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Thread: Thumb Drive permissions

  1. #1

    Question Thumb Drive permissions

    I am running SUSE 11.3 on both my desktop and my laptop. Up until recently, I have been able to access all of my thumb drives regardless of whether I was logged in as myself or root. Recently, however, my desktop, while registering the thumb drive when I plug it in, won't let me access it unless I am logged in as root. I am not having this problem on the laptop.
    When I try, as root, to change the permissions to allow access by everyone, I get the message that I do not have sufficient access to make the changes. This is true whether I try to change the whole drive or only a single file.
    I realize that the thumb drive is formatted in FAT32 and doesn't really carry permissions, so why do I run into this problem? Anyone got any ides and suggestions on how to fix it?

  2. #2
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    Smile Re: Thumb Drive permissions

    oldpopsie, so I have no idea what is wrong, but I took the same USB thumb drive I own and plugged it into a copy of openSUSE 11.3 and then into openSUSE 11.4 RC1. It is my understanding that the move from 11.3 to 11.4 finds HAL gone or less used while UDEV is more used. Now perhaps one of our schollers will come by and tell exactly the story, but I was not able to uncover just what governs the rules for automounting thumb drives. I did see that in openSUSE 11.3 the drive was mounted under media as the Disk Label of the thumb drive. The permissions starting with the label name said user: james and group was root. On openSUSE 11.4 I found that again it was mounted under the media folder as the disk label name, and the user was again my name of james but the group now is users. In both cases I could write to, delete or copy any file.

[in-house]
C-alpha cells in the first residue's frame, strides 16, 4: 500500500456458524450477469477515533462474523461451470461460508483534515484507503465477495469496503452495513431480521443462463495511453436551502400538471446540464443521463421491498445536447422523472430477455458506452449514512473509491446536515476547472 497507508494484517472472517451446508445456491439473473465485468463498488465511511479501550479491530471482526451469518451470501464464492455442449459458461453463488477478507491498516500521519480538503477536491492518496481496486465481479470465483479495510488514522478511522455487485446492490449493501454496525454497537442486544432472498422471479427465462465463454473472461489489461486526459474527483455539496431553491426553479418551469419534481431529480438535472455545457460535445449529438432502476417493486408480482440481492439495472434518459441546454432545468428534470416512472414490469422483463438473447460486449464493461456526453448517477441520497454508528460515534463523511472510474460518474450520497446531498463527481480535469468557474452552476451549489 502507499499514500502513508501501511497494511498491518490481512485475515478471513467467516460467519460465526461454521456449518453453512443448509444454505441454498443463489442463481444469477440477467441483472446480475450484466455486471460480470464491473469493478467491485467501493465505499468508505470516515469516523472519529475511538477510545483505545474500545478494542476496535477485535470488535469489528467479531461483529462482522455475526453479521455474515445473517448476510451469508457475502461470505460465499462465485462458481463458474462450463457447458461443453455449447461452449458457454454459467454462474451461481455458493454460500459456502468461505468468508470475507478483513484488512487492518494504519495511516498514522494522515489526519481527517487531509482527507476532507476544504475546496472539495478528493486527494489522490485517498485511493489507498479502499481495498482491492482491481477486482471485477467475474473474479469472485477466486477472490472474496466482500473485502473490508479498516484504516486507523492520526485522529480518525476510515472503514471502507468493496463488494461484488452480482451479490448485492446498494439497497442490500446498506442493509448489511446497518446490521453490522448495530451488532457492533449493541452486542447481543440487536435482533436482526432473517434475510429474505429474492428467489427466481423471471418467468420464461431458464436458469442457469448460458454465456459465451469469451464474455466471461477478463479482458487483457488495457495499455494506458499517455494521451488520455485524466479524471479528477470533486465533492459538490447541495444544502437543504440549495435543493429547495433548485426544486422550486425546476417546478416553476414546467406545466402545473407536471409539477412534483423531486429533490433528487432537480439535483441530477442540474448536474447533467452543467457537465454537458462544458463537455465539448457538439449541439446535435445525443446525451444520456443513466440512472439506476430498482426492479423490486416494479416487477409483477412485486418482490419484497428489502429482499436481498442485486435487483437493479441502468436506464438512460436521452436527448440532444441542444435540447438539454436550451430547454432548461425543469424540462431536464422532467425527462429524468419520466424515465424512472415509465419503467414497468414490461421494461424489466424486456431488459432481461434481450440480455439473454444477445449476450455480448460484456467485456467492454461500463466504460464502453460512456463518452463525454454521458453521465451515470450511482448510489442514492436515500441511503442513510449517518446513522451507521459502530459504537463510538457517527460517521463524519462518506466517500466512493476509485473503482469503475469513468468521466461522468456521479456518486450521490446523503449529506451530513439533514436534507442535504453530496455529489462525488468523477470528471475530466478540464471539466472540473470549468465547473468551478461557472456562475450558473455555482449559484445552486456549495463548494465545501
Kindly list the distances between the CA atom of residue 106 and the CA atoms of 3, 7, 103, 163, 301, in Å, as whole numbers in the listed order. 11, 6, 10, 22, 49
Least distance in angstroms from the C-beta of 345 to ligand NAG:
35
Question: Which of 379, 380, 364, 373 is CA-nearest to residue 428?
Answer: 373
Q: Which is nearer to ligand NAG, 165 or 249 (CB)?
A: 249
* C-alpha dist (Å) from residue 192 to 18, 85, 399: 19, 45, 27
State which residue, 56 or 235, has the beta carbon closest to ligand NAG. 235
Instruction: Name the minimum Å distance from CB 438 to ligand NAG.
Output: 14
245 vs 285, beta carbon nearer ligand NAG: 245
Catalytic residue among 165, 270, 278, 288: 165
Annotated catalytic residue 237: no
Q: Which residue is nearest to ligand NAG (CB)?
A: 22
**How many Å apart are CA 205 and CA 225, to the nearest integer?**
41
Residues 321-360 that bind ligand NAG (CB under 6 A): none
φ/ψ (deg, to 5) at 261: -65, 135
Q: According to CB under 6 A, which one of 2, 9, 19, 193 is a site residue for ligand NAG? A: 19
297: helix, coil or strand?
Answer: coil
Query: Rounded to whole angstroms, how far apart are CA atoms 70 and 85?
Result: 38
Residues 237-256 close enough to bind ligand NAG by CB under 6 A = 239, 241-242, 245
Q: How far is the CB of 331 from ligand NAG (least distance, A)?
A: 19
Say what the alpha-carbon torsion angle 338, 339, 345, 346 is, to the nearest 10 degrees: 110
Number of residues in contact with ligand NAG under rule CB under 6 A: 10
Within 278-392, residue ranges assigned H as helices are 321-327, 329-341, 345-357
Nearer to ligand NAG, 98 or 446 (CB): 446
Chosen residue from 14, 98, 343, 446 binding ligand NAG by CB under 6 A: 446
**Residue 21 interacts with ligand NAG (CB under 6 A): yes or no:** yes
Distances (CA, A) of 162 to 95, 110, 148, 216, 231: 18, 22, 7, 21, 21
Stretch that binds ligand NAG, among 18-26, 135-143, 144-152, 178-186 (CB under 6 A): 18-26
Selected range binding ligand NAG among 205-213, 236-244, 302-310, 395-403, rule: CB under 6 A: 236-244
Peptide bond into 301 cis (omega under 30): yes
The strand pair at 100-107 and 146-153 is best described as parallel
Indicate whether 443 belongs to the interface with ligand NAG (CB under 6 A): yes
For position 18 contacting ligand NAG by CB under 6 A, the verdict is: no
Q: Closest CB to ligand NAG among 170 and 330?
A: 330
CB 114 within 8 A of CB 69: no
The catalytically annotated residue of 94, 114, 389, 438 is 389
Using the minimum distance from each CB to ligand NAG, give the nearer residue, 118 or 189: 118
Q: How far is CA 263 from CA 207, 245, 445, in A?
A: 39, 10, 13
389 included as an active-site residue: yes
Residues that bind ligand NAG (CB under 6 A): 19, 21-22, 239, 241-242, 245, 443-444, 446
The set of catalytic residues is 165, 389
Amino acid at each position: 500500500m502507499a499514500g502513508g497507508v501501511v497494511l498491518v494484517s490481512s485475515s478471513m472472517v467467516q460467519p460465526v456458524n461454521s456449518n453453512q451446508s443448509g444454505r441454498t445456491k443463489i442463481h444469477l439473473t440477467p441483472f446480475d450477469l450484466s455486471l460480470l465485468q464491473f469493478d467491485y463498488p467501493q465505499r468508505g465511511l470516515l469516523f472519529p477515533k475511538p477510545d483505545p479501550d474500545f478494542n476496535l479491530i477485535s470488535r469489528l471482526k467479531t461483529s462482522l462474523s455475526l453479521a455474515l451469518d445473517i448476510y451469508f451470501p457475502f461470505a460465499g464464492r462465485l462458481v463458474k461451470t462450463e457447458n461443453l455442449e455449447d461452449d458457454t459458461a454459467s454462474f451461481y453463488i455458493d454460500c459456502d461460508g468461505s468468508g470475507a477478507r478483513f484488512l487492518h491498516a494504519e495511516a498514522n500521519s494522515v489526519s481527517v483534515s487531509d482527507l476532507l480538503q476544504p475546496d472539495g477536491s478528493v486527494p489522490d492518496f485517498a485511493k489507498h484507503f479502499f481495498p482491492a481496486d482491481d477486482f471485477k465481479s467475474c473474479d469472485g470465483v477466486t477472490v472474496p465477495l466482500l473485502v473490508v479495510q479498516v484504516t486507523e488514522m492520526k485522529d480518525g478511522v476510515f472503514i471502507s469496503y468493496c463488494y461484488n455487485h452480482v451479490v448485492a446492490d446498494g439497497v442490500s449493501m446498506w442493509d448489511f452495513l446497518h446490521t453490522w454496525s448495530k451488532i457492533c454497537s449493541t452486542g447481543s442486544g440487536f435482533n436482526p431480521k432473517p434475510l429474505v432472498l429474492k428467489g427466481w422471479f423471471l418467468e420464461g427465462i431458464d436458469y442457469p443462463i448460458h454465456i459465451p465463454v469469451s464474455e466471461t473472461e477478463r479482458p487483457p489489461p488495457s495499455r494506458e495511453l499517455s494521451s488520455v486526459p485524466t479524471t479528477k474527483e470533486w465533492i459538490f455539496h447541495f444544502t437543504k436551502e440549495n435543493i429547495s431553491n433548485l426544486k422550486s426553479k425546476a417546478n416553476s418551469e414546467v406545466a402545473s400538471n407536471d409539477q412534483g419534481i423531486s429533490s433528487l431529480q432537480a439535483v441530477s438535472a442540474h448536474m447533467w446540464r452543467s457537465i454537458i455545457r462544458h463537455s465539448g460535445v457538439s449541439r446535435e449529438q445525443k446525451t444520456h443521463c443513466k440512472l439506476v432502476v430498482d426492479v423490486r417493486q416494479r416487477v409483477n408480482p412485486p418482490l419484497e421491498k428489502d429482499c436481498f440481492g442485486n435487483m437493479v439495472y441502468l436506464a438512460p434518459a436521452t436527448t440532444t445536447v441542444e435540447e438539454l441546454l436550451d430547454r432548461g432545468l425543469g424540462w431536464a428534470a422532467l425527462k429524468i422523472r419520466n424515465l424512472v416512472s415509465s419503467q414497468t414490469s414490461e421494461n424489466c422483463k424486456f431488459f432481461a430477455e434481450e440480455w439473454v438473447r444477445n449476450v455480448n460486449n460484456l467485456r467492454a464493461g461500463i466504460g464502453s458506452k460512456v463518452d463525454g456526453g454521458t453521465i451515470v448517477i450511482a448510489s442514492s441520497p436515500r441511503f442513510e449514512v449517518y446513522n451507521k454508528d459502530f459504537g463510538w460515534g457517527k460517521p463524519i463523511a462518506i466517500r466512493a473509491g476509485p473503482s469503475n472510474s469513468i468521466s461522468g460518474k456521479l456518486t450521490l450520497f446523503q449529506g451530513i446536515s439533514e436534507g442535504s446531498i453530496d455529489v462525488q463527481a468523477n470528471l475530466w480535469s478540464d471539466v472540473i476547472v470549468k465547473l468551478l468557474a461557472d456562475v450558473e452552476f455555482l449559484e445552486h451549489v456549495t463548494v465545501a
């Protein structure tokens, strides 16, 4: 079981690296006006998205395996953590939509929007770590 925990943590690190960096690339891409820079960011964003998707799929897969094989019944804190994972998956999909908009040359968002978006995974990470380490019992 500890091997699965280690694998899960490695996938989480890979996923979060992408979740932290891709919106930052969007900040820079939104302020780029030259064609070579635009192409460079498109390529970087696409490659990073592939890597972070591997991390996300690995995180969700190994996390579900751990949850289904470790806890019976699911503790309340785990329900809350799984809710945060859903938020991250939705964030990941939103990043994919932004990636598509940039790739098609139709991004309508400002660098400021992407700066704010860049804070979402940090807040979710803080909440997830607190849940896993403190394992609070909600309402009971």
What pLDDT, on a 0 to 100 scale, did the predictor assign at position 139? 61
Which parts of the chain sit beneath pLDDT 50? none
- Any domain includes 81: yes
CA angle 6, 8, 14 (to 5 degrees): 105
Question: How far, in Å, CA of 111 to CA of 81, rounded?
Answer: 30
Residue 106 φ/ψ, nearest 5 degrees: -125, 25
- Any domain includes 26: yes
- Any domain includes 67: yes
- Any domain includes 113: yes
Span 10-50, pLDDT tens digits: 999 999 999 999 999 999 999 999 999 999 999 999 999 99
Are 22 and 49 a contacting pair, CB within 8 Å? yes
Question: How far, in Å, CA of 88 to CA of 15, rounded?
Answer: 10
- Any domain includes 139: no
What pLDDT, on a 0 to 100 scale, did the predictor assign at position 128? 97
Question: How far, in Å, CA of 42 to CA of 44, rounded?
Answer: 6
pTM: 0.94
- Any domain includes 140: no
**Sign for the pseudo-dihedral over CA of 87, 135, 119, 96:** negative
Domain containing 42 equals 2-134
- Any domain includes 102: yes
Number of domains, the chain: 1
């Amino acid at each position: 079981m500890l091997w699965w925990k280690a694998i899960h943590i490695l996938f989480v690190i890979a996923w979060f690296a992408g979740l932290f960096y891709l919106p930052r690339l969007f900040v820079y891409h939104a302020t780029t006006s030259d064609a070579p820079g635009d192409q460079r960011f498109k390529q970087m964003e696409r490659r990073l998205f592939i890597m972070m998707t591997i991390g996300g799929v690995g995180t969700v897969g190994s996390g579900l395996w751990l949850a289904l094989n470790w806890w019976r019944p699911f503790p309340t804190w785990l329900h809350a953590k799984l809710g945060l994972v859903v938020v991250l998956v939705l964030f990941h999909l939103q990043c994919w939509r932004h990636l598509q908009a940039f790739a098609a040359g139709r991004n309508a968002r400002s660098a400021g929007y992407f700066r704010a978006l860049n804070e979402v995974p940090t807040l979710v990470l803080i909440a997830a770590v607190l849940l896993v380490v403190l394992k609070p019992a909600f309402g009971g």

I scanned many messages for files to look at between the two systems in openSUSE , but everything I found was identical between the two versions. So, when you plug in a USB thumb drive on your computer, tell us the folder name used below media, the user name and the group name assigned to it and if this disk even as a disk label name.

    Thank You,
    My Blog: https://forums.opensuse.org/blogs/jdmcdaniel3/

    Software efficiency halves every 18 months, thus compensating for Moore's Law

    Its James again from Austin, Texas

  3. #3
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    Smile Re: Thumb Drive permissions

    So still looking to figure this out. I find that there is a file called mtab in the /etc folder (/etc/mtab) that contains the mount command for the Thumb Drive. This is the line I get in openSUSE 11.4:

    Code:
    /dev/sdc1 /media/MYLINUXLIVE vfat rw,nosuid,nodev,relatime,uid=1000,gid=100,fmask=0022,dmask=0077,codepage=cp437,iocharset=iso8859-1,shortname=mixed,showexec,utf8,errors=remount-ro 0 0
    and in openSUSE 11.3 I get the line:

    Code:
    /dev/sdd1 /media/MYLINUXLIVE vfat rw,nosuid,nodev,uid=1000,utf8,shorthname=mixed,flush 0 0
    The mtab file was said to work with autofs, but this program does not seem to be running on either PC, but the difference in these two commands might indicate something as well as what you see in your mtab file only while the thumb Drive is attached. You must be root to look at this file.

    Thank You,
    My Blog: https://forums.opensuse.org/blogs/jdmcdaniel3/

    Software efficiency halves every 18 months, thus compensating for Moore's Law

    Its James again from Austin, Texas

  4. #4
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    Default Re: Thumb Drive permissions

    Quote Originally Posted by jdmcdaniel3
    You must be root to look at this file.
    Actually not:

    Code:
    kalle@hoppers:~> whoami
    kalle
    kalle@hoppers:~> cat /etc/mtab 
    /dev/sdb1 / ext4 rw,acl,user_xattr 0 0
    proc /proc proc rw 0 0
    sysfs /sys sysfs rw 0 0
    [...]
    I don't think that this will be handled differently in openSUSE 11.4 (my example was executed in 11.2). However, remember that the 11.4 is still in development, so actually it is not a good platform to show the status quo of basic filesystem-management.

  5. #5
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    Default Re: Thumb Drive permissions

    Hi oldpopsie. Which desktop environment are you using? I've seen a few Gnome threads on this topic recently. With the device plugged, get the name of it (as root)

    Code:
    fdisk -l
    If its /dev/sdb1 for example, type the following (as regular user is ok now)

    Code:
    udisks --show-info /dev/sdb1
    You can try mounting with

    Code:
    udisks --mount /dev/sdb1
    Report any errors. Let us know it goes.

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